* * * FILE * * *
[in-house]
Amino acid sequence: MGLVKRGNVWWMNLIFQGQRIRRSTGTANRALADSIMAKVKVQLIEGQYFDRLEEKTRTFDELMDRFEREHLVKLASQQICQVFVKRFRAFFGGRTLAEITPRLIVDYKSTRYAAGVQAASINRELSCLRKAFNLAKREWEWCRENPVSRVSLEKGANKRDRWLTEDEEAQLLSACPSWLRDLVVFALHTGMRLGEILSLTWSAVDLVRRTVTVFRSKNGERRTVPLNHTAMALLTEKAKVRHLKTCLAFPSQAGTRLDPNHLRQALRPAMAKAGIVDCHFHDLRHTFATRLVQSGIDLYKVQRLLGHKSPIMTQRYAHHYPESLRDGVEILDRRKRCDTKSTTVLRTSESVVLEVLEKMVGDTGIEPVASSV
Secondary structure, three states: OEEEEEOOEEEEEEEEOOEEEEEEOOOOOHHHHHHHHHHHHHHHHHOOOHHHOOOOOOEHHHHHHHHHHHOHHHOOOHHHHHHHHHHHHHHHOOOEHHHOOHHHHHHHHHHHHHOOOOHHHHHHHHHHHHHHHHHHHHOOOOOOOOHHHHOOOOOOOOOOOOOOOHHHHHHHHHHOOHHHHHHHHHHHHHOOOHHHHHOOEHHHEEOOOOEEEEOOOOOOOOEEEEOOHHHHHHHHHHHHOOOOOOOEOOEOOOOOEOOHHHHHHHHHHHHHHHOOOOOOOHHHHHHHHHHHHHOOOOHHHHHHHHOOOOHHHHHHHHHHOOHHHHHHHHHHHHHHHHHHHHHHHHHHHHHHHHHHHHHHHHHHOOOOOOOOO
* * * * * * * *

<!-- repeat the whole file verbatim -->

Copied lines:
[in-house]
Amino acid sequence: MGLVKRGNVWWMNLIFQGQRIRRSTGTANRALADSIMAKVKVQLIEGQYFDRLEEKTRTFDELMDRFEREHLVKLASQQICQVFVKRFRAFFGGRTLAEITPRLIVDYKSTRYAAGVQAASINRELSCLRKAFNLAKREWEWCRENPVSRVSLEKGANKRDRWLTEDEEAQLLSACPSWLRDLVVFALHTGMRLGEILSLTWSAVDLVRRTVTVFRSKNGERRTVPLNHTAMALLTEKAKVRHLKTCLAFPSQAGTRLDPNHLRQALRPAMAKAGIVDCHFHDLRHTFATRLVQSGIDLYKVQRLLGHKSPIMTQRYAHHYPESLRDGVEILDRRKRCDTKSTTVLRTSESVVLEVLEKMVGDTGIEPVASSV
Secondary structure, three states: OEEEEEOOEEEEEEEEOOEEEEEEOOOOOHHHHHHHHHHHHHHHHHOOOHHHOOOOOOEHHHHHHHHHHHOHHHOOOHHHHHHHHHHHHHHHOOOEHHHOOHHHHHHHHHHHHHOOOOHHHHHHHHHHHHHHHHHHHHOOOOOOOOHHHHOOOOOOOOOOOOOOOHHHHHHHHHHOOHHHHHHHHHHHHHOOOHHHHHOOEHHHEEOOOOEEEEOOOOOOOOEEEEOOHHHHHHHHHHHHOOOOOOOEOOEOOOOOEOOHHHHHHHHHHHHHHHOOOOOOOHHHHHHHHHHHHHOOOOHHHHHHHHOOOOHHHHHHHHHHOOHHHHHHHHHHHHHHHHHHHHHHHHHHHHHHHHHHHHHHHHHHOOOOOOOOO